We shared our findings with law enforcement and worked on this investigation with partners. We shared our findings by making this public blog. The information about IP's and domains mentioned in this blog is only a fraction of what we found during our research. The domain names mentioned in this blog serve as an illustration to give an idea of how this campaign was designed.
Legitimate websites are a popular target for Black hat SEO (Search Engine Optimization) practices. Black hat SEO is a way of maliciously influencing internet search results. The goal of the actor is to take traffic from legitimate websites and to seduce the unsuspecting website visitor with advertising and malicious content, also known as click-baiting. The search index terms, as well as the description of the clickbait domain has a strong similarity to another authentic website. As a result, a potential victim is easily inclined to click on the link, after which the victim is bombarded with aggressive advertising about products, winning prizes and surveys. Below you can see screenshots (image 1-4) of government's sites that were spoofed for Black hat SEO practices.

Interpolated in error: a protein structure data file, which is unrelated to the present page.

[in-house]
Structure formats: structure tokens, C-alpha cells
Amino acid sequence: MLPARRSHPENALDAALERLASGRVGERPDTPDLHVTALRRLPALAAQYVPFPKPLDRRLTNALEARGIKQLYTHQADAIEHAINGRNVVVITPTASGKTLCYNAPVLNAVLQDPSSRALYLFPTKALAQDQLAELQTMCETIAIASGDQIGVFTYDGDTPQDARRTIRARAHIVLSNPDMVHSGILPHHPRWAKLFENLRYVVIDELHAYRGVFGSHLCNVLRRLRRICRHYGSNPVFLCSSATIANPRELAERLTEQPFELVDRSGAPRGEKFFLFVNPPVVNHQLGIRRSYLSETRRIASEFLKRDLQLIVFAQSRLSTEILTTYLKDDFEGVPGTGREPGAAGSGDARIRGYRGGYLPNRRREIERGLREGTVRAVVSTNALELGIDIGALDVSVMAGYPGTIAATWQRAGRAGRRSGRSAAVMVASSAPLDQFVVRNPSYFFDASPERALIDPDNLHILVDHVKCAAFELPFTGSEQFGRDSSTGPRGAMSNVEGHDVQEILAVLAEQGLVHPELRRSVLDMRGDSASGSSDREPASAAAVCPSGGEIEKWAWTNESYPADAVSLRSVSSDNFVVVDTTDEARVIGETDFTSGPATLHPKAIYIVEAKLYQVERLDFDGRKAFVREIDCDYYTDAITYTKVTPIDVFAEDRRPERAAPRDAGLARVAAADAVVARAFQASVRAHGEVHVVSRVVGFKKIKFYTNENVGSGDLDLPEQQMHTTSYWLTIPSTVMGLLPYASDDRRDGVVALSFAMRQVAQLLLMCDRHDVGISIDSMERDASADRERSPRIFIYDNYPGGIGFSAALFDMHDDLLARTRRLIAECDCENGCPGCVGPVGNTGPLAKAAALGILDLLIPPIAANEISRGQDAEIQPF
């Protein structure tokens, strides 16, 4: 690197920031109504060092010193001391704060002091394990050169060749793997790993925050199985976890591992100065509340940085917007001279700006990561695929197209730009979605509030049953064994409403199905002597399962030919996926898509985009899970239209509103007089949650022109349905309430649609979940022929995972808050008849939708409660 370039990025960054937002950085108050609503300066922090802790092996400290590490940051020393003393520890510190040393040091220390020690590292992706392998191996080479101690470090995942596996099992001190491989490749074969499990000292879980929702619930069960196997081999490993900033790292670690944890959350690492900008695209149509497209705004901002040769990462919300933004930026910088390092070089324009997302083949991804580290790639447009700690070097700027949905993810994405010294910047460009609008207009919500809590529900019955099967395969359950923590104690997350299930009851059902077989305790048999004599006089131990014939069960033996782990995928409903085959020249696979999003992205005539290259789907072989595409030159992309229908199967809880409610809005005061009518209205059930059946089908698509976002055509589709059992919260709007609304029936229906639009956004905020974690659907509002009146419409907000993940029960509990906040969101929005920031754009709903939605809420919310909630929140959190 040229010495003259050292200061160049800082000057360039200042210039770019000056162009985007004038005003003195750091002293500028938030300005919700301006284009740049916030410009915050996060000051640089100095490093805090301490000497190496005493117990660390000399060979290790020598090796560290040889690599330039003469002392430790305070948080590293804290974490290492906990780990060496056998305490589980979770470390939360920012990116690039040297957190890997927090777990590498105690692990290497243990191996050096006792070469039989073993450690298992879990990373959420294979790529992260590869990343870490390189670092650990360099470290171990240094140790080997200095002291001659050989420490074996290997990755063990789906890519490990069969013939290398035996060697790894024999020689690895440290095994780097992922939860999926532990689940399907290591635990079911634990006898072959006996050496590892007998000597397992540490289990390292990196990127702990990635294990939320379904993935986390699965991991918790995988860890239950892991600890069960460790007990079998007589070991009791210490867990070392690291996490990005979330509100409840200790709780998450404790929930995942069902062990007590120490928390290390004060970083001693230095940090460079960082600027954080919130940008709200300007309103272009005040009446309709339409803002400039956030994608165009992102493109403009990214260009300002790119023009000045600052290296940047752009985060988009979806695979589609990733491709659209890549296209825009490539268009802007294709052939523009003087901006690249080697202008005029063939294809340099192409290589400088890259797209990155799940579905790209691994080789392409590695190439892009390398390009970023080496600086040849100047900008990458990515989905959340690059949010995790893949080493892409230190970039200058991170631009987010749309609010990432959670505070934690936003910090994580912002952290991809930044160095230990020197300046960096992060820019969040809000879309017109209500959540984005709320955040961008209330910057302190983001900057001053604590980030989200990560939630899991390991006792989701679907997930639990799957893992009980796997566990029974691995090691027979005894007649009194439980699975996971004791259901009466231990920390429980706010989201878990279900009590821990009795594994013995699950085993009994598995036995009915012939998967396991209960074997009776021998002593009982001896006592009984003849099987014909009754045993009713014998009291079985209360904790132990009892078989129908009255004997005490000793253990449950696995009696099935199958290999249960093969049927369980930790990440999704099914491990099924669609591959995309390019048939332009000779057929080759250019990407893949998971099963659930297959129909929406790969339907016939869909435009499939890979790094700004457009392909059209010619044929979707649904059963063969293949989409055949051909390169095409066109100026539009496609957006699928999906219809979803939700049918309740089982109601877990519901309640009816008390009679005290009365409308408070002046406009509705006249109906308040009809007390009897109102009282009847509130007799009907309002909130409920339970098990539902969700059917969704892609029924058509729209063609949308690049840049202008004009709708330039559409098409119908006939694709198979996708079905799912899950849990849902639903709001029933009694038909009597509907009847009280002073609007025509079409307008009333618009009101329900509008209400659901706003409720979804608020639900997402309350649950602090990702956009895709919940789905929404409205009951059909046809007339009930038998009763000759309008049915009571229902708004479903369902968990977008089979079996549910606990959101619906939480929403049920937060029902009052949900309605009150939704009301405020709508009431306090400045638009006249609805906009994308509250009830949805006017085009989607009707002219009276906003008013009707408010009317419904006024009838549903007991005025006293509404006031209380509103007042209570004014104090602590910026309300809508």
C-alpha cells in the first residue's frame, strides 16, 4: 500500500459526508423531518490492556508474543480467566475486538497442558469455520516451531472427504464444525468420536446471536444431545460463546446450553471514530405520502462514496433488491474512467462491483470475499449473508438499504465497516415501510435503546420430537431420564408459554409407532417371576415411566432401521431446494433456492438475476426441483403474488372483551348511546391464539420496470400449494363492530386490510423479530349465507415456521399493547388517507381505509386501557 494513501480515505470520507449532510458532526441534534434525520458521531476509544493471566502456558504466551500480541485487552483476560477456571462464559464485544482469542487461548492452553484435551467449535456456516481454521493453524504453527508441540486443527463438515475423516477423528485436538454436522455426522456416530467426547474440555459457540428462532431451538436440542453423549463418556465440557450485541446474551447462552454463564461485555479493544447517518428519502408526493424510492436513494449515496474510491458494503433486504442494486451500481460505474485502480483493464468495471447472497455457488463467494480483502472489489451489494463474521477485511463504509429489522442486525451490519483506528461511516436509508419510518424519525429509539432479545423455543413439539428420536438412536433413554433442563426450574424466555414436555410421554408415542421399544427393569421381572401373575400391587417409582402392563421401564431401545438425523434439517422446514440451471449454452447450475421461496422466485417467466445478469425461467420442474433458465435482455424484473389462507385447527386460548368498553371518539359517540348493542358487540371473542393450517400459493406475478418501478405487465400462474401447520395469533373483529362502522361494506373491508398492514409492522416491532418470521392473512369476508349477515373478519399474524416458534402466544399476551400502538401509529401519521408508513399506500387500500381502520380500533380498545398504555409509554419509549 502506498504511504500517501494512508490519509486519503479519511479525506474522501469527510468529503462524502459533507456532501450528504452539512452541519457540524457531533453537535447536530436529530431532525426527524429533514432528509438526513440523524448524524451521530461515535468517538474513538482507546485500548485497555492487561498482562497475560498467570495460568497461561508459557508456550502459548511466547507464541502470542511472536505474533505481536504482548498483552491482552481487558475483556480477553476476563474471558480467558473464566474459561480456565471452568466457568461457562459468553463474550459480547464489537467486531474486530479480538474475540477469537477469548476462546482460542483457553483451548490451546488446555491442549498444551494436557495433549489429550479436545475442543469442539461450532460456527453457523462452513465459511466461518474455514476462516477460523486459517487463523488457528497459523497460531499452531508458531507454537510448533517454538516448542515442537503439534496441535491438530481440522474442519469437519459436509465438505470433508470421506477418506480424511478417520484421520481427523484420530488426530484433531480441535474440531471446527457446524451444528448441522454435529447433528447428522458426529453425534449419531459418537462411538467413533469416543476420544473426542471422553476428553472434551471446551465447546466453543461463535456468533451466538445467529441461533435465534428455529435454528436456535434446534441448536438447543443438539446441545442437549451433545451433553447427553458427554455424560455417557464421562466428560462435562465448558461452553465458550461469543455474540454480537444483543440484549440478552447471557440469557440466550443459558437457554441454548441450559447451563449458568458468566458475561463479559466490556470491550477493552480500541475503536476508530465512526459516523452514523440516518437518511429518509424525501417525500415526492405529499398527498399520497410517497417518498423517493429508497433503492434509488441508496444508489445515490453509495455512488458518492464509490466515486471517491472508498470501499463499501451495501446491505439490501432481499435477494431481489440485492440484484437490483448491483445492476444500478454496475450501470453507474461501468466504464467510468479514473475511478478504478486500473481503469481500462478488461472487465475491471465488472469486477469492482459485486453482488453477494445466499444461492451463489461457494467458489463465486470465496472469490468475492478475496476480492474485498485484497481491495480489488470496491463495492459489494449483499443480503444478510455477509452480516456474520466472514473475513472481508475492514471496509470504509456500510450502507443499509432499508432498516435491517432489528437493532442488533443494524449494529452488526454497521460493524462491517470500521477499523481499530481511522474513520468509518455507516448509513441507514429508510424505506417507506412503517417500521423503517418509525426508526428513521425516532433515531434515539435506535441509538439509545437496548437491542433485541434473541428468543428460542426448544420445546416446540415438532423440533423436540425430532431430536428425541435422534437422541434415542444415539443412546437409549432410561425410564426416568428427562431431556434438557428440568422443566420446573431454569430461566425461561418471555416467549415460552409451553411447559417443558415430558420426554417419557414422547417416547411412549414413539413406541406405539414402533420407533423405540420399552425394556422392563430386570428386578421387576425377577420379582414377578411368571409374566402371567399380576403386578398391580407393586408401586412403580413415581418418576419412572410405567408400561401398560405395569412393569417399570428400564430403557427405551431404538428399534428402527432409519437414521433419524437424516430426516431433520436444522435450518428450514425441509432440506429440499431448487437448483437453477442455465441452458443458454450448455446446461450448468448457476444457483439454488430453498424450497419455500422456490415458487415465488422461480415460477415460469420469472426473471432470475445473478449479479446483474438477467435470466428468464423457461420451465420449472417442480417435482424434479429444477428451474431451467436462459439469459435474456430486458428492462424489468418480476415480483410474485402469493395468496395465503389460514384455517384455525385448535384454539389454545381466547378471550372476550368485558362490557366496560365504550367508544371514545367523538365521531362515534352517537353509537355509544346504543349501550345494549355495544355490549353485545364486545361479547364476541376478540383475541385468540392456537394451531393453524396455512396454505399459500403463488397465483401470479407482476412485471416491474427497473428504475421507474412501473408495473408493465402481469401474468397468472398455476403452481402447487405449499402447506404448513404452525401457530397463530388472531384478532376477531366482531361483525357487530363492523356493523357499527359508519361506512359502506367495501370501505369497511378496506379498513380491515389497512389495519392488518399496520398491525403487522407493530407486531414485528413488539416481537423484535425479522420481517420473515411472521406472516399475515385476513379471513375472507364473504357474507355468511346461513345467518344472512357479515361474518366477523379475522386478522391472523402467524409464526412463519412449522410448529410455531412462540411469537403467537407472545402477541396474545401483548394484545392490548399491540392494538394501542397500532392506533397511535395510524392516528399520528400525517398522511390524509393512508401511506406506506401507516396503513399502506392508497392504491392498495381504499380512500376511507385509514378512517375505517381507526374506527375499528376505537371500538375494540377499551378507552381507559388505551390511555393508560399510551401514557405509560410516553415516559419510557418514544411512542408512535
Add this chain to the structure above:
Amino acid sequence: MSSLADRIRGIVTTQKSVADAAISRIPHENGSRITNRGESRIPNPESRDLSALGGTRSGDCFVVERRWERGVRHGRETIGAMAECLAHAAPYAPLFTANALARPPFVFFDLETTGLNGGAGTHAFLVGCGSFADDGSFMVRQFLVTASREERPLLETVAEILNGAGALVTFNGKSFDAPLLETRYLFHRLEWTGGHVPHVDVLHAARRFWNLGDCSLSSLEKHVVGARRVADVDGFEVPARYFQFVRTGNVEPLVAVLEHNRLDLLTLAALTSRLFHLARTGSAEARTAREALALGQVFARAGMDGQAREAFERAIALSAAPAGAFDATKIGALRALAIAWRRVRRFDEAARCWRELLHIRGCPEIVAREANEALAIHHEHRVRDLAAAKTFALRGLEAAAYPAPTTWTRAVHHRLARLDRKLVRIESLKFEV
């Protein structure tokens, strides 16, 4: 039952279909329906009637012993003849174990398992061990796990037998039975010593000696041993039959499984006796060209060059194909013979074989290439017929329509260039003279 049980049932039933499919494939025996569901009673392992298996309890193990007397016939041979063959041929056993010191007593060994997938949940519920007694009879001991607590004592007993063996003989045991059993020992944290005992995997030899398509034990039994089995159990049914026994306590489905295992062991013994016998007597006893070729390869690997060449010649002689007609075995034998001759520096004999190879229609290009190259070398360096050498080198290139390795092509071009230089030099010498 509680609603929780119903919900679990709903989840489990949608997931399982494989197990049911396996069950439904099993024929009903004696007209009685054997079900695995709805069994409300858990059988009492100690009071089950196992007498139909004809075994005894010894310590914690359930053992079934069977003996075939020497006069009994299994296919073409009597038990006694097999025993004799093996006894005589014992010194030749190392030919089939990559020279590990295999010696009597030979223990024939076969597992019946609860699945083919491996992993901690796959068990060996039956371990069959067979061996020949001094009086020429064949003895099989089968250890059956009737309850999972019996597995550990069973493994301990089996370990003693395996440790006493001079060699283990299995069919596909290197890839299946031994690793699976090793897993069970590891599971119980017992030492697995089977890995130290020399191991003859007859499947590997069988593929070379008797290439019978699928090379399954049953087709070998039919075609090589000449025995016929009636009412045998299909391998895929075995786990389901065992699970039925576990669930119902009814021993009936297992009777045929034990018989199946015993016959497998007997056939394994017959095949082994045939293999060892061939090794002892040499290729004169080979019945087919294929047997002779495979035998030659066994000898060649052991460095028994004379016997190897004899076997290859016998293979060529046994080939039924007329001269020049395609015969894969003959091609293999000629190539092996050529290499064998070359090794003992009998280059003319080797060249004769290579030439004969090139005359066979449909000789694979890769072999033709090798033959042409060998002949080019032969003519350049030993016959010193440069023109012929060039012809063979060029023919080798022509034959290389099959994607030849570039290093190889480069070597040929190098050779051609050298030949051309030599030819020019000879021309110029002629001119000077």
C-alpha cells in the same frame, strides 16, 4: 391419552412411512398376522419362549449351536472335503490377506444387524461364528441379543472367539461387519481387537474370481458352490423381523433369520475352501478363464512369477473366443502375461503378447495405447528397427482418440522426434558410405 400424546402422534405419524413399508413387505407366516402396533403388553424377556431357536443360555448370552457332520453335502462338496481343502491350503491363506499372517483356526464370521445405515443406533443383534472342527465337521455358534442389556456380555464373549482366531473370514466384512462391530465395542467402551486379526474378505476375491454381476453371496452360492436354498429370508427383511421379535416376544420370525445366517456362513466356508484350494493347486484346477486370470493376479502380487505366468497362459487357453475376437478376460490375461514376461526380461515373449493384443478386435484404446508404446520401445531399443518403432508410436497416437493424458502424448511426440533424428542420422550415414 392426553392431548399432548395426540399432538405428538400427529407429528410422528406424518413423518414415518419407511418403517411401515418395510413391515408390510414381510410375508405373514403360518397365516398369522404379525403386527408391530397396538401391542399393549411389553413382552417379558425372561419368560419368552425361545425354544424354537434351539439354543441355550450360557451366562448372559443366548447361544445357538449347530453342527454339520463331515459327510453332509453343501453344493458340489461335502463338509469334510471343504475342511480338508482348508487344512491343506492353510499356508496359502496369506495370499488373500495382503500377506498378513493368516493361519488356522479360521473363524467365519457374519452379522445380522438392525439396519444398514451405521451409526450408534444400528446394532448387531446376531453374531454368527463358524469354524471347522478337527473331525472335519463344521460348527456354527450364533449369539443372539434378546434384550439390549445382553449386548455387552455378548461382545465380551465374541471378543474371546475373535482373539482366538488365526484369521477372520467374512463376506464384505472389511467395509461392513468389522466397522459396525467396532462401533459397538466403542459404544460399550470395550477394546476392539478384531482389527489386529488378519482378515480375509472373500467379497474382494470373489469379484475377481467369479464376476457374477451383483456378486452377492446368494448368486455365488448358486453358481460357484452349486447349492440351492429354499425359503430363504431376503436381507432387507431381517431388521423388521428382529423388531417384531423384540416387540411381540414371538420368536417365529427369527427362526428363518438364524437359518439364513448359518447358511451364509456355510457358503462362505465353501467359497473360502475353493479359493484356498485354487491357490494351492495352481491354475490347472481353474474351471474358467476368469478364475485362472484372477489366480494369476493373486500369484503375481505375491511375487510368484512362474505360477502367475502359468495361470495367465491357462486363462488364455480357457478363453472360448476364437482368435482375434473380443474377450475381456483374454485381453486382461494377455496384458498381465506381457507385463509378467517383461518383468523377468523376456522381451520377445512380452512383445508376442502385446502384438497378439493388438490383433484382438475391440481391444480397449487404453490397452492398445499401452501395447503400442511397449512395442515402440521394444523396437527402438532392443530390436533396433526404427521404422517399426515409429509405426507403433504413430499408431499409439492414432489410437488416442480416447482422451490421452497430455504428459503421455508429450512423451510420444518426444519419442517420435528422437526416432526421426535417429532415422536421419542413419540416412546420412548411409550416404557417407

Note: there is only one authentic site for the Dutch tax service which is belastingdienst.nl.
The malicious websites use techniques that hinder the visitor from going back to the previous page. The links are easy to find through Google. Below (image 5 and 6) are some examples of click-baiting from Government websites.
Image 5: .GA domain example of Government websites: Search result page of malicious search results related to the Dutch Government
Image 6: .GA domain examples of DigiD: Search result page of malicious search results related to the Dutch Government
We see this phenomenon of manipulating search results on a large scale. The domain names that are used are mostly free .tld domain names. In this blog, we want to take you along in the exploration of how this form of fraud is constructed and how it works behind the scenes.
What is Black hat SEO?